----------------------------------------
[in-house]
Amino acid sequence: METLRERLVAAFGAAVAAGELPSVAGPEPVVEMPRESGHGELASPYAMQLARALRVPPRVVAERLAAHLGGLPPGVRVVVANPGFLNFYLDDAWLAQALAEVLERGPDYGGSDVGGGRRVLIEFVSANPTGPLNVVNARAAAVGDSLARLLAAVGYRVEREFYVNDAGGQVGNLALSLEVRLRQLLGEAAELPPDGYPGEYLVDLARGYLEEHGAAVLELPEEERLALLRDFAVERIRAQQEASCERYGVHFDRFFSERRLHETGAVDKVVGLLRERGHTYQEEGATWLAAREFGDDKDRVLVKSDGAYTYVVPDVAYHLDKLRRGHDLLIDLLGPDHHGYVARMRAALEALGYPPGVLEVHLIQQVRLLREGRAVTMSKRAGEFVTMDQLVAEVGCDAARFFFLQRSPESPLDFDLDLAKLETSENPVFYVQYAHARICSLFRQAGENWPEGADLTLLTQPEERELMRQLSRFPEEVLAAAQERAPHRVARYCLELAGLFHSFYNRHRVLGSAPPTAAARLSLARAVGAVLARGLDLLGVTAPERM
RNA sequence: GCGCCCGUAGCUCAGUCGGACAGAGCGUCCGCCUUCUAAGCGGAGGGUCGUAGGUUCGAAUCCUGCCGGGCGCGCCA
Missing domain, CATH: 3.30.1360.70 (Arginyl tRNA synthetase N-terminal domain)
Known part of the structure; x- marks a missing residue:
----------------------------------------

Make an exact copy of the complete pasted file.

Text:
[in-house]
Amino acid sequence: METLRERLVAAFGAAVAAGELPSVAGPEPVVEMPRESGHGELASPYAMQLARALRVPPRVVAERLAAHLGGLPPGVRVVVANPGFLNFYLDDAWLAQALAEVLERGPDYGGSDVGGGRRVLIEFVSANPTGPLNVVNARAAAVGDSLARLLAAVGYRVEREFYVNDAGGQVGNLALSLEVRLRQLLGEAAELPPDGYPGEYLVDLARGYLEEHGAAVLELPEEERLALLRDFAVERIRAQQEASCERYGVHFDRFFSERRLHETGAVDKVVGLLRERGHTYQEEGATWLAAREFGDDKDRVLVKSDGAYTYVVPDVAYHLDKLRRGHDLLIDLLGPDHHGYVARMRAALEALGYPPGVLEVHLIQQVRLLREGRAVTMSKRAGEFVTMDQLVAEVGCDAARFFFLQRSPESPLDFDLDLAKLETSENPVFYVQYAHARICSLFRQAGENWPEGADLTLLTQPEERELMRQLSRFPEEVLAAAQERAPHRVARYCLELAGLFHSFYNRHRVLGSAPPTAAARLSLARAVGAVLARGLDLLGVTAPERM
RNA sequence: GCGCCCGUAGCUCAGUCGGACAGAGCGUCCGCCUUCUAAGCGGAGGGUCGUAGGUUCGAAUCCUGCCGGGCGCGCCA
Missing domain, CATH: 3.30.1360.70 (Arginyl tRNA synthetase N-terminal domain)
Known part of the structure; x- marks a missing residue: